Going into this book, I was a little uncertain. I've loved Lu's other series but they were dystopian and fantasy, two genres I normally really enjoy. This book has more of an urban science fiction vibe if I can call that a genre, something I don't usually like. But I knew I had to read it solely for the fact that it was Lu. And I have to say, I am quite glad I gave it a go!

Hello everyone!

I am back with another book review, today it is Warcross by Marie Lu. Thanks so much to Penguin Random House for sending me an ARC of this book for an honest review, as always all opinions are my own.

The story follows 18-year-old Emika, a girl who is 72 hours away from being evicted from her shoe-box of an apartment in NYC. When her latest bounty hunting mission goes awry, she finds herself desperate. Desperate enough to hack into the global game that is sweeping the nation, Warcross. If she can just steal a power-up, she'll sell and make rent. Except it seems her hacking skills are too good, and she finds herself in the game, completely visible to the players and audience. Next thing Emika knows, she's getting calls from the game's creator, Hideo, to come to Tokyo and work for him.

While this book has similarities to Ready Player One, there are also differences. For me personally, the major difference is the writing style of this book. In both of Cline's novels I've read (well, I DNF'd Armada), I found it hard to read. I'm not quite sure what it is about his writing style that doesn't work for me, but there is some aspect there. But with Lu's novel, I knew if nothing else, I could count on it to be extremely well-written. I flew through the story, I read it in one sitting.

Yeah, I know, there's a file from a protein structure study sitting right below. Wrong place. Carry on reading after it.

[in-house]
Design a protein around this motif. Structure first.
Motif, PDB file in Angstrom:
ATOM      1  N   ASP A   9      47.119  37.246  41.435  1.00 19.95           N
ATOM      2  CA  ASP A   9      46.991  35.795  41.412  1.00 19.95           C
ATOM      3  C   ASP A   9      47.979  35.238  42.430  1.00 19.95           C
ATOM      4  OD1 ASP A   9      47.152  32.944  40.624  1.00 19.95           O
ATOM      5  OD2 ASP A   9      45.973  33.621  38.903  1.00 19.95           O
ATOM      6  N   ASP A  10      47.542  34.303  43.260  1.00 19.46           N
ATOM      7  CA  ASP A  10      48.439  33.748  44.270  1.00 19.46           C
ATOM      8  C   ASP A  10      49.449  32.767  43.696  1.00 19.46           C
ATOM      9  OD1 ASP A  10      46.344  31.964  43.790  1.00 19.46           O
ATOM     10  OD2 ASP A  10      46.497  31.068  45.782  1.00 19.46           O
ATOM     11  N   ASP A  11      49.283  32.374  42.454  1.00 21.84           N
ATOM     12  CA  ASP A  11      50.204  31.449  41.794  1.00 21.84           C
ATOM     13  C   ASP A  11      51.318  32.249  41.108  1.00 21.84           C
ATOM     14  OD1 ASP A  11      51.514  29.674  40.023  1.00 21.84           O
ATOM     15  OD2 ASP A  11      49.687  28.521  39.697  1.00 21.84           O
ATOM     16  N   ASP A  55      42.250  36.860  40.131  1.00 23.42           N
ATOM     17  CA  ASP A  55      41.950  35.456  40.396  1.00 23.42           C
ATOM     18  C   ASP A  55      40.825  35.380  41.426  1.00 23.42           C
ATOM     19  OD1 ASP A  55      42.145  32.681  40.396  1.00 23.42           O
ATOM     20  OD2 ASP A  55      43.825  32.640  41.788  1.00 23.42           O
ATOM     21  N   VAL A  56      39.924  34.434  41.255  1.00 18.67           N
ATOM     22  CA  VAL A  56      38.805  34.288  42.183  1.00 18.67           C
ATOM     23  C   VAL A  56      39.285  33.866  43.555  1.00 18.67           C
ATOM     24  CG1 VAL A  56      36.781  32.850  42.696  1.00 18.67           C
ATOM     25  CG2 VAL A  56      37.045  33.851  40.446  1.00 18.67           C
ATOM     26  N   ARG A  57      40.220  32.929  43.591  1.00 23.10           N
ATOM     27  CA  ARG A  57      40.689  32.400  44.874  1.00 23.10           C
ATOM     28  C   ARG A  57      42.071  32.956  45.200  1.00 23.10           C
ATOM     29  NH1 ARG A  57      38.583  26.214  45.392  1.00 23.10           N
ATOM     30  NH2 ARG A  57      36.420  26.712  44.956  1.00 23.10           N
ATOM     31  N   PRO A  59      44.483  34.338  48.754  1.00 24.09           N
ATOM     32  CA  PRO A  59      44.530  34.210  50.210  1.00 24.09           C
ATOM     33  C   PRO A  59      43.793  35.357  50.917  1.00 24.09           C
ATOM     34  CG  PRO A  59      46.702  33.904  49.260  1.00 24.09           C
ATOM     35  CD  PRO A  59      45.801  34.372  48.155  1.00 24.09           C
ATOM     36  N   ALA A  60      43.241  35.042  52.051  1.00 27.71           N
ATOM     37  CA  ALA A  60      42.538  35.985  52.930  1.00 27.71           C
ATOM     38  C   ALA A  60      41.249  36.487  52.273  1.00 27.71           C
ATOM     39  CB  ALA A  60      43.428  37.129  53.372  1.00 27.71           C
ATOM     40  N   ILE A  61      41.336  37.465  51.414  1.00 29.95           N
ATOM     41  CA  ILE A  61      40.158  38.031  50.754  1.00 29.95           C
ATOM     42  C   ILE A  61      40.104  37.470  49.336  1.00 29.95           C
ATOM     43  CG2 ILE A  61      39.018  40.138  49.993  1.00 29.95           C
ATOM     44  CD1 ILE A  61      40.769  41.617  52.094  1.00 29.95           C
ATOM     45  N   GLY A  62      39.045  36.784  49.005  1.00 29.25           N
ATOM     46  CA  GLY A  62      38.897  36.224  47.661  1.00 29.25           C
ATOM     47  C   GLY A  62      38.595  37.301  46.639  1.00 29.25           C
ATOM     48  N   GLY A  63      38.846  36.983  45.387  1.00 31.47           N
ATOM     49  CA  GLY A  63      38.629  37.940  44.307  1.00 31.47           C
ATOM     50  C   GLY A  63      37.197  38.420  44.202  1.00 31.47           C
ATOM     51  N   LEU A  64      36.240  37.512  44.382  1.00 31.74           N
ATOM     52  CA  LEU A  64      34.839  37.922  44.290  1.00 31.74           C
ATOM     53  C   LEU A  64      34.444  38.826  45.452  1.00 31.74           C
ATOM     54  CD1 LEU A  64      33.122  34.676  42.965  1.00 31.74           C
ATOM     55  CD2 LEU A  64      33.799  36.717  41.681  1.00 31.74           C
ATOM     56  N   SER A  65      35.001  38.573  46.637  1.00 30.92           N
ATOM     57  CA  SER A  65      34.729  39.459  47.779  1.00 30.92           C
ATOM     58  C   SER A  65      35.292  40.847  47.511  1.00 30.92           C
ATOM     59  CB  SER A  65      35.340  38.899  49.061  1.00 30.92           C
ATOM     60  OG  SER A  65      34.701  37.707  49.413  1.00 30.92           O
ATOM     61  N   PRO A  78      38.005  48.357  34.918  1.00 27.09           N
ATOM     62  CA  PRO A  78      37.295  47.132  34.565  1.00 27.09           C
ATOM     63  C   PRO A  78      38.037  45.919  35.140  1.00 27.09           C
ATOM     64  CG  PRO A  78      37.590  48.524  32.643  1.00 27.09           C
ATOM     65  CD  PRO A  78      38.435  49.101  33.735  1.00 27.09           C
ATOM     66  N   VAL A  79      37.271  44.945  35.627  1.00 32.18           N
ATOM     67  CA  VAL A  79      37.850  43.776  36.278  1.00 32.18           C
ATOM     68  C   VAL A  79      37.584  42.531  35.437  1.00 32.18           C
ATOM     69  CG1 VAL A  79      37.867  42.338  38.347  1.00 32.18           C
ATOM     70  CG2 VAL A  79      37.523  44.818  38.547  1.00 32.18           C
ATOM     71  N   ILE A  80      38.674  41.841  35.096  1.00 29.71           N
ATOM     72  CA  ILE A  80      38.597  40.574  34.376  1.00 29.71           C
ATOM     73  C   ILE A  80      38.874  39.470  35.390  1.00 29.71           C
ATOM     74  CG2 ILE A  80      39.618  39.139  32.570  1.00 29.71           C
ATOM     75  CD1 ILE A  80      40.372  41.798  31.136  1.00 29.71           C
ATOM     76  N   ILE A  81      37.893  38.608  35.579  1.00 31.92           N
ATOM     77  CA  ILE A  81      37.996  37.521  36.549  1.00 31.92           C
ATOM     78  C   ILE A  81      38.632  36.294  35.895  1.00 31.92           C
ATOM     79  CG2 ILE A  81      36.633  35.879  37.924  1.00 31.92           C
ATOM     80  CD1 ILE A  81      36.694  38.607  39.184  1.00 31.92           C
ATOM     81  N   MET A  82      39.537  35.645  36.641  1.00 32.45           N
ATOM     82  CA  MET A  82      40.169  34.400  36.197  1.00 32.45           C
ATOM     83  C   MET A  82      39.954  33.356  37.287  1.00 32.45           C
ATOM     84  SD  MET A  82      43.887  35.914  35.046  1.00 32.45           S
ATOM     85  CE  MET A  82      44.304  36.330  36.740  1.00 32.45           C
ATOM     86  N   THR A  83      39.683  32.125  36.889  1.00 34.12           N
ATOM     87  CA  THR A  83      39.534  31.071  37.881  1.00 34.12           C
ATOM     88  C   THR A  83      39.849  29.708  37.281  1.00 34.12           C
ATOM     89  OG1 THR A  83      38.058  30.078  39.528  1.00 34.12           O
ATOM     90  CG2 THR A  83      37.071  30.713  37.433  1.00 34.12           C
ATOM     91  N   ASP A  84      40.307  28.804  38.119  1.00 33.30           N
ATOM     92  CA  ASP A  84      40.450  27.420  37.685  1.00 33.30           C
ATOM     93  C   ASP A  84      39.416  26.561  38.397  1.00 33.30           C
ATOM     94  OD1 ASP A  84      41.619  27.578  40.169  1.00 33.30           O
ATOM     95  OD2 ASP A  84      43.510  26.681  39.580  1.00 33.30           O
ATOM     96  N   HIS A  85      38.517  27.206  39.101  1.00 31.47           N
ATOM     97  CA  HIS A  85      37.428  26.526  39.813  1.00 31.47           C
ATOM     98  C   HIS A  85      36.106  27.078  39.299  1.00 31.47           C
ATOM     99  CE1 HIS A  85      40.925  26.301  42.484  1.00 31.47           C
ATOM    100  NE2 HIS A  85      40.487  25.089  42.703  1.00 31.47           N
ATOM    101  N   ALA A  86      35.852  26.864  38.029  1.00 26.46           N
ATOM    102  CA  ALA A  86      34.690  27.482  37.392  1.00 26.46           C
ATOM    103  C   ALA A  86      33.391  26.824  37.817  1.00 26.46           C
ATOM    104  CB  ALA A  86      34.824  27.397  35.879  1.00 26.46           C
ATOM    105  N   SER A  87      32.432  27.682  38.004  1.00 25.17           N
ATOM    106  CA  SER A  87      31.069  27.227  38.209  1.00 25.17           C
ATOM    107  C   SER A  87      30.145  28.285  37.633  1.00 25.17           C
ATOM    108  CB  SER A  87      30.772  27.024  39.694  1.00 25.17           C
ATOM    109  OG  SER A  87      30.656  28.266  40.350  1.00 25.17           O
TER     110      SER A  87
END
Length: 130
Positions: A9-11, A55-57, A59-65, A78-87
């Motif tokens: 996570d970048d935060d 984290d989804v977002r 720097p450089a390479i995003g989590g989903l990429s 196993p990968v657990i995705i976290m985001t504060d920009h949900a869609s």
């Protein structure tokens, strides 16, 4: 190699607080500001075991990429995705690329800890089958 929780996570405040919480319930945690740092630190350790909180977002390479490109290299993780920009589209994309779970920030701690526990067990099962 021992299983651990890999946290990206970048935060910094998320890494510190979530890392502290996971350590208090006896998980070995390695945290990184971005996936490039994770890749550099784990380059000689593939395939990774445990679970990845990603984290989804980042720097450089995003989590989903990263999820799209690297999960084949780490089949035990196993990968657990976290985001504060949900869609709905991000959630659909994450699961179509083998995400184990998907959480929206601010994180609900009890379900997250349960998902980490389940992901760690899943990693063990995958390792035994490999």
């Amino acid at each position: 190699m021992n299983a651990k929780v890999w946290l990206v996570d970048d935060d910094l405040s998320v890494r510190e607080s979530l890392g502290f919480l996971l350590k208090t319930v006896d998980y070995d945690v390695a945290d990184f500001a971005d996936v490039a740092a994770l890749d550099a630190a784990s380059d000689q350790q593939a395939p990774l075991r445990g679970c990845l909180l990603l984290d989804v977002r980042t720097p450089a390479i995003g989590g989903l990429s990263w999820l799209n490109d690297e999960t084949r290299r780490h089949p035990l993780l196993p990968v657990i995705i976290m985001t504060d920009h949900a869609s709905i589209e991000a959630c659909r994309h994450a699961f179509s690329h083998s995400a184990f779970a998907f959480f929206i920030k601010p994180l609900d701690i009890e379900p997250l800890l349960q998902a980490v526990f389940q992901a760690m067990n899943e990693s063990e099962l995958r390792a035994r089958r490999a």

Lu did a good job of explaining the world of Warcross, how it worked and why it was so popular without making it boring. That's another aspect I don't really like about sci-fi: usually, they spend a ton of time poorly explaining how things work and you end up more confused than anything. Lu makes it easy to understand while still explaining all the elements needed to comprehend the story itself.

Of course, what is a Lu novel without a little touch of romance. At this point in the game (pardon the pun), I think we've all read enough YA books to know that when we have two characters around the same age, they're going to have a romantic connection. And in true Lu style, she does a great job of the slow-burn romance. This is perfect for this storyline because the focus isn't supposed to be on the romance, it's supposed to be on the game and the bugs with it.

The only real reason I can't give this one a full five stars was because I figured out who Zero was way too early on. I'm not sure if Lu purposely made it easy to guess but as soon as one detail about Hideo's life was revealed, I knew. However, here is another twist regarding Hideo that I definitely did not guess, which looking back makes sense, but I had no idea it was coming. This twist, for me, saved me from completely predicting the ending of the book.

Overall, if you are hesitant on this one, pick it up, I bet you will enjoy it!